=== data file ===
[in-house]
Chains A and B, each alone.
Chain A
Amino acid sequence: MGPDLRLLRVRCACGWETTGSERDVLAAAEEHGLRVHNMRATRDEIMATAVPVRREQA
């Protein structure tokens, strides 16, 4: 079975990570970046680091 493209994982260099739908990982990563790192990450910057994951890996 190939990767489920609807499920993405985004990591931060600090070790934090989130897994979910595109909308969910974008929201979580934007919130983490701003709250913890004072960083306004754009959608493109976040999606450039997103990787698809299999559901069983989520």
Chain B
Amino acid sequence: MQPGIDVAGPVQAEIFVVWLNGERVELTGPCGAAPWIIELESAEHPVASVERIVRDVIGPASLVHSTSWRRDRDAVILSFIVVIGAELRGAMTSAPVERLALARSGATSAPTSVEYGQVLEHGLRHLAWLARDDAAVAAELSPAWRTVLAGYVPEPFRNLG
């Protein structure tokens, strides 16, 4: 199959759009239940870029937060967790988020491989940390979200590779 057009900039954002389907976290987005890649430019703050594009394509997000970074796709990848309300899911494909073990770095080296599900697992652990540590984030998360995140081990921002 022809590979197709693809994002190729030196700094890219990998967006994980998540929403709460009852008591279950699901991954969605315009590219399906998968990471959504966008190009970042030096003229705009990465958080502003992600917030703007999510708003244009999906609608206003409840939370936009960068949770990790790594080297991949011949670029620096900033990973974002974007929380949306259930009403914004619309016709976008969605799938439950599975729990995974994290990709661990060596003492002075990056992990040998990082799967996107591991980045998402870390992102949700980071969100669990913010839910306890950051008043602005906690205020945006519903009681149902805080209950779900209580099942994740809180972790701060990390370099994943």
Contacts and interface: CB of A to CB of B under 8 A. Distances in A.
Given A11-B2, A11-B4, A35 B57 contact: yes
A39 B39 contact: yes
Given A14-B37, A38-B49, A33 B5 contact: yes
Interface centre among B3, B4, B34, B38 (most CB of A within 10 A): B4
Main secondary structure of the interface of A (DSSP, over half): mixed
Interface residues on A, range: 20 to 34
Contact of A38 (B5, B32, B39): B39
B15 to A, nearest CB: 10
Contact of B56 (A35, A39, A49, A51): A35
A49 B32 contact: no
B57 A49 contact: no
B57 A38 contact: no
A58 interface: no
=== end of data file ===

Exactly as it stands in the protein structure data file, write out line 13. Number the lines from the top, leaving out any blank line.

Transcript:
Interface centre among B3, B4, B34, B38 (most CB of A within 10 A): B4